Heel and forefoot are the same distance from the ground
Promotes proper form to reduce initial impact by 3–5 times.
Natural Achilles loading for better propulsion
1-to-1 ratio naturally aligns feet, back and body posture
Encourages better running technique
Weight-balanced from front to back
Keeps big toe straight for greater stability and a more powerful toe-off
Allows toes to relax and spread out naturally
Allows foot to naturally stabilize excess pronation
Let’s get a little background on the Altra so you can decide on whether you should try them out. They are in fact very reasonably priced for a really well-crafted running shoe.
The Altra brand was first started by a trio of guys who started modifying various types of running shoes in order to come up with a better performing shoe. As one of the creators noted on the Altra website, “For decades, virtually every running shoe has featured pointy toe boxes and heels that were twice as thick and heavy as the forefoot. While shoe companies claimed this design would protect your body from running injuries, the scientific research did not agree.”
With this thinking in mind, creator Golden Harper began to modify shoes in order to give runners an alternative to what was on the market. They melted the outsoles off of traditional running shoes and removed the excess heel elevation. They coined the term “Zero Drop’ to describe how the level cushioning no longer dropped from the heel down to the forefoot. Another change that came to the running shoe industry was their creation of a shoe with a toe-box that mirrored the shape of a healthy foot.
Harper claims their toe box helps to alleviate foot problems, including bunions, neuromas and plantar fasciitis. This was one of the major selling points for me. Within weeks of running in Altra, my neuroma was gone but my calves were sore!
Altra recommends: Rotating your new Zero Drop footwear with your old shoes for the first few weeks. Start using them on short, easy workouts at first, and then work your way up to harder workouts. Try this schedule to allow your muscles and tendons the necessary time to adapt back to their natural state.
The first generation of Altra shoes lacked flexible grooves and this contributed to some of the stiffer sensation when running in them. Some runners have noted that in the past Altra were a bit too firm or inflexible. I would agree with that. But let’s give Altra a break. They are a young company, and even with a talented team, they are just beginning to figure out what changes need to be made. Nike has had a long, good run designing shoes for 40 plus years. Altra has recently come out with a more cushioned shoe, such as the Altra Olympus Trail Shoe and the Altra Paradigm road shoe which is similar in concept to the Hoka One One brand of running shoes with a thicker sole. They are very soft!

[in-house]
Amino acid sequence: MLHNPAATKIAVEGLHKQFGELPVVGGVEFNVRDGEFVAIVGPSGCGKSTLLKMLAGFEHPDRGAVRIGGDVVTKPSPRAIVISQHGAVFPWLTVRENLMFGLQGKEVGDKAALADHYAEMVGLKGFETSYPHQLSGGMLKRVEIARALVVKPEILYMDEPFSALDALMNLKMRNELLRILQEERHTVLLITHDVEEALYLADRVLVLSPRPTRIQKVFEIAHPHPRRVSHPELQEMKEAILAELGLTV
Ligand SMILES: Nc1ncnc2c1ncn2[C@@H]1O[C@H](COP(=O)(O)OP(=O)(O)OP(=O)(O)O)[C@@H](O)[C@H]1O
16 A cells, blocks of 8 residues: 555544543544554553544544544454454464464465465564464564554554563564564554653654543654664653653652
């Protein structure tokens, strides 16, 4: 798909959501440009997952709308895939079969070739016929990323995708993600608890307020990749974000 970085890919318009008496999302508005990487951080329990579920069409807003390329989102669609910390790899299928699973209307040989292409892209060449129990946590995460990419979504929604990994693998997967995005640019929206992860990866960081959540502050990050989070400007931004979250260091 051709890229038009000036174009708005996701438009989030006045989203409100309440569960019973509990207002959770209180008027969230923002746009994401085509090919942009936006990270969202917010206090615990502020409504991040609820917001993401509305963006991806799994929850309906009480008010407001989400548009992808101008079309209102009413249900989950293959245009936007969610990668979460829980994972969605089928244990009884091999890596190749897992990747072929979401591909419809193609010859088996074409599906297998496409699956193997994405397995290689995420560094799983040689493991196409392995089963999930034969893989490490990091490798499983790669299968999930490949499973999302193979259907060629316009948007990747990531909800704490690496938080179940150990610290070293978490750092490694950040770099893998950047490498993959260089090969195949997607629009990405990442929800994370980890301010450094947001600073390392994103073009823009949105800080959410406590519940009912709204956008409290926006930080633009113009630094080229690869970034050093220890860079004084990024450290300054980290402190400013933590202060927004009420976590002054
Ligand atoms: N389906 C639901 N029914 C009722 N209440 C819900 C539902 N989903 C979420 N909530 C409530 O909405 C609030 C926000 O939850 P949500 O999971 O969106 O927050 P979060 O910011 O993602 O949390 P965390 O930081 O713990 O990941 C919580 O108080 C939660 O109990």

The Altra has a foot shaped last and has a heel that is the same thickness as the forefoot, thus the name Zerodrop. There are many zero drop shoes (such as the Vibram Fivefingers or the Merrell Barefoot) however the Altra is a bit more cushioned. I definitely like this. It’s a good compromise between a regular shoe and the extreme minimal shoe such as the Adidas Running adiPure Adapt. It has enough cushioning for pounding required by running and still stays within the minimal category. Runs of 30-35 miles a week and single distances of 10-15 miles are no problem.
What you’re getting from the Altras really is a light, fast and slightly-cushioned shoe. The outsole (the bottom of the shoe) maps the bones of the foot and this allows for a natural flex. Generally speaking, the shoes are useful both as training shoes and for racing.
One of the things I like about the Zero Drop is that I can use them when I’m doing Crossfit. The flat surface of the shoe allows me to squat or do push presses in the gym, and then run out to the street for distance runs when I’m done with a circuit. Any of their shoes are great for this; even the trail shoes such as the Superiors. I can lift weights, run hill repeats along the trails by my house and cycle through without problem.
All of their shoes do well on the street and are fine for non-technical trails with pebbles and small rocks (not scree) and can endure light shock from the minimal padding of the sole. For those who love the outdoors and want to get good, strong runs in with a survival/outdoor shoe try the Lone Peak or the Superior. You’re going to need a more substantial shoe that gives traction if you run snow or uphill in mud; with these two models you get more protection against trail debris and rock, especially going downhill!